The UK was "sold a pup" in 1984 when Margaret Thatcher negotiated the rebate, the Deputy Prime Minister argued in comments which underline Britain's desire for a settlement on EU financing by the end of the year.
The Common Agricultural Policy is not going to be reformed overnight, Mr Prescott admitted, but the UK is searching for a firm pledge to re-examine it. The key, he told The Independent, "is whether it really does mean change or a fudge".
His language on the rebate is softer than that used by British ministers before the last summit broke down on the issue in June when they insisted it was fully justified.
Mr Prescott said that, under Mrs Thatcher, the UK had "a fundamental chance" to change the structure of European financing but "we ducked it and we took the [rebate]".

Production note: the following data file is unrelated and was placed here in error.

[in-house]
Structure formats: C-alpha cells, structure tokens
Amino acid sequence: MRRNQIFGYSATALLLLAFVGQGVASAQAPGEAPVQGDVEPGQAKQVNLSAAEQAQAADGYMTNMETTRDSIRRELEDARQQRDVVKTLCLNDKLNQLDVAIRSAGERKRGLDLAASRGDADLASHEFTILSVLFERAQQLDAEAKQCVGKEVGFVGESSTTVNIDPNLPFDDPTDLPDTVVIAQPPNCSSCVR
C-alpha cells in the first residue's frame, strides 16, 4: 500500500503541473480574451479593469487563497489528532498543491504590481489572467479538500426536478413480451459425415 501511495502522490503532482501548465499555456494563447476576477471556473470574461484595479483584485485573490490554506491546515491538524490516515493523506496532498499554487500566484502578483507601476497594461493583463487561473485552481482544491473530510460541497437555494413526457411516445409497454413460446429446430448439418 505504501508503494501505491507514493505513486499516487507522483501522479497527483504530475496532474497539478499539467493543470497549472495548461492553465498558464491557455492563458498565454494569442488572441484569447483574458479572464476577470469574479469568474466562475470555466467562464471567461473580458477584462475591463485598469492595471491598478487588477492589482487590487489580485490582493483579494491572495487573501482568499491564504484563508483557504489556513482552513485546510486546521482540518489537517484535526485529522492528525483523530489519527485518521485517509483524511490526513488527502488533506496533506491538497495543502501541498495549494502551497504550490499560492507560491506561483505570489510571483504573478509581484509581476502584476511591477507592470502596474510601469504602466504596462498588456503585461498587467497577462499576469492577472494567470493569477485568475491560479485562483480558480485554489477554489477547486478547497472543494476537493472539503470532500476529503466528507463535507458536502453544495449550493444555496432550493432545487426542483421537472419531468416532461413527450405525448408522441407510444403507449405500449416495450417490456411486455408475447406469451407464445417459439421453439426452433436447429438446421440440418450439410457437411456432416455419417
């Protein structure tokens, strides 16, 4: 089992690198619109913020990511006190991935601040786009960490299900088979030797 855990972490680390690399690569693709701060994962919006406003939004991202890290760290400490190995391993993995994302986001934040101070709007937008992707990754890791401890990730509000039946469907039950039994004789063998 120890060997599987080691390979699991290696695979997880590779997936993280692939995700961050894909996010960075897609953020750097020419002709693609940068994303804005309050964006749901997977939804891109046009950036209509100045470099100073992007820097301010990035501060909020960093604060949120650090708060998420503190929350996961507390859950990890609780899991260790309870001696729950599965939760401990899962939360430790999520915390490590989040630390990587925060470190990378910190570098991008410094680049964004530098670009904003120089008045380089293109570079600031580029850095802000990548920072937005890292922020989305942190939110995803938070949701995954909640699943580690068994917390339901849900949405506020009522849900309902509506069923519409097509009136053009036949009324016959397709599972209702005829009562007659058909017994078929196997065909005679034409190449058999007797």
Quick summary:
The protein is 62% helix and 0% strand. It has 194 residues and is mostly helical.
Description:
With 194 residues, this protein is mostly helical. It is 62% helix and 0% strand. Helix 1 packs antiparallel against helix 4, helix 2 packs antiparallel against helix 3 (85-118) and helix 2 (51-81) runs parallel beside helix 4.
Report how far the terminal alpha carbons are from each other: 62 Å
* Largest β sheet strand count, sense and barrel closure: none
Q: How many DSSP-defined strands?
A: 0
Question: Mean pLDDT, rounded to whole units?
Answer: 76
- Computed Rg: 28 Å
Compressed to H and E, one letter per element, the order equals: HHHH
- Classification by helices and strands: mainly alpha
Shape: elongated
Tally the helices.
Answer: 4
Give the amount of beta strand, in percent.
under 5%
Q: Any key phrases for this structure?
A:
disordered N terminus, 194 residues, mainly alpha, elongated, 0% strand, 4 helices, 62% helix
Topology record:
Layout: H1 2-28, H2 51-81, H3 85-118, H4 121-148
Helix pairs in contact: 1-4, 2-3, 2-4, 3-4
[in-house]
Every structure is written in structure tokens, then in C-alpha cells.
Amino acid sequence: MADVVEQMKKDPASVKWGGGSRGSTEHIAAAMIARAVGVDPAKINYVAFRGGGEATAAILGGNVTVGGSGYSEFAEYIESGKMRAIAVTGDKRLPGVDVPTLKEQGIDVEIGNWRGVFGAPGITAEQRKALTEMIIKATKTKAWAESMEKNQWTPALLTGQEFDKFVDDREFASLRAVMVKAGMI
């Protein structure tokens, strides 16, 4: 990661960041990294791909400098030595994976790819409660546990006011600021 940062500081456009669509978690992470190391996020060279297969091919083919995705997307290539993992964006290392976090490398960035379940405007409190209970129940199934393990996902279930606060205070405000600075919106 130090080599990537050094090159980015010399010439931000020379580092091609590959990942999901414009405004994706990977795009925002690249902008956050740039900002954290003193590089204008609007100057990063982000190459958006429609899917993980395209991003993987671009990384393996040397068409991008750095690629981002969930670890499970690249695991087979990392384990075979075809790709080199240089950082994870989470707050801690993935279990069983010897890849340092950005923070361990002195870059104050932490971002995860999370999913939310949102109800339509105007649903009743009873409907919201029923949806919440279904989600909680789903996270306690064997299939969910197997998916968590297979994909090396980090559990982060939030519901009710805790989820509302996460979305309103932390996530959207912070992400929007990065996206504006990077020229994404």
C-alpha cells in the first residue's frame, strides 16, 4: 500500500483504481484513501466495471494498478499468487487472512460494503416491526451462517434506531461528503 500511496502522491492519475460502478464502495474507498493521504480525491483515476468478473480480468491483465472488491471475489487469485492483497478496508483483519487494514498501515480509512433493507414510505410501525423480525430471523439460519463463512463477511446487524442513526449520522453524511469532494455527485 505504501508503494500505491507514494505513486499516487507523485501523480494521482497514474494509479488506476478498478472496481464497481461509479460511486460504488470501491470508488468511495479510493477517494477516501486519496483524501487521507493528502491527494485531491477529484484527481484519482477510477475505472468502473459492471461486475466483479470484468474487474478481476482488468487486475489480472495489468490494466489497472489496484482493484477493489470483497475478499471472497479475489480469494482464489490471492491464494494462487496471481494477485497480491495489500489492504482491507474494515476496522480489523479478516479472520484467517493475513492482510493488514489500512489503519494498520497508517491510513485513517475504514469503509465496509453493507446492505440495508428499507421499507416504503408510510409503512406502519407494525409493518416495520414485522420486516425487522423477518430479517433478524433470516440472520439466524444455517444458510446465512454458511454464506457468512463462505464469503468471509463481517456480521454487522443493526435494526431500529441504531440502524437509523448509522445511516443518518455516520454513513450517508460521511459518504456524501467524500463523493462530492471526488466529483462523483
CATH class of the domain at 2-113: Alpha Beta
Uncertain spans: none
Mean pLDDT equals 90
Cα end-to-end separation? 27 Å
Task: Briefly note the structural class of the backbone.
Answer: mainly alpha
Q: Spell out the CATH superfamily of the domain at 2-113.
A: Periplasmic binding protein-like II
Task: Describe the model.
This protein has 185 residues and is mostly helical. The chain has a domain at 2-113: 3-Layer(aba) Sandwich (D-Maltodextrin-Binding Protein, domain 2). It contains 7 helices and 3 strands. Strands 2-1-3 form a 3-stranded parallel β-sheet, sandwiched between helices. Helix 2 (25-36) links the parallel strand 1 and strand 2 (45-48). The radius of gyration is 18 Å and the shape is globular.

"It didn't solve our problems," he said, adding that the UK remains a big net contributor to an EU budget more than 40 per cent of which goes to agriculture.
"This time, Blair is embarking on something more fundamental than taking the cheap option," he said.
In June, the UK helped block a deal on EU financing for 2007-13 at a fractious summit in Brussels, though Tony Blair later said the rebate could be on the table if the CAP is reformed.
Mr Prescott's comments go further because they characterise the rebate as a historical mistake and suggest its abolition could prove beneficial to the UK, if the right deal is reached.
The UK, which now holds the rotating EU presidency, is anxious to get a deal on financing at a summit in December.
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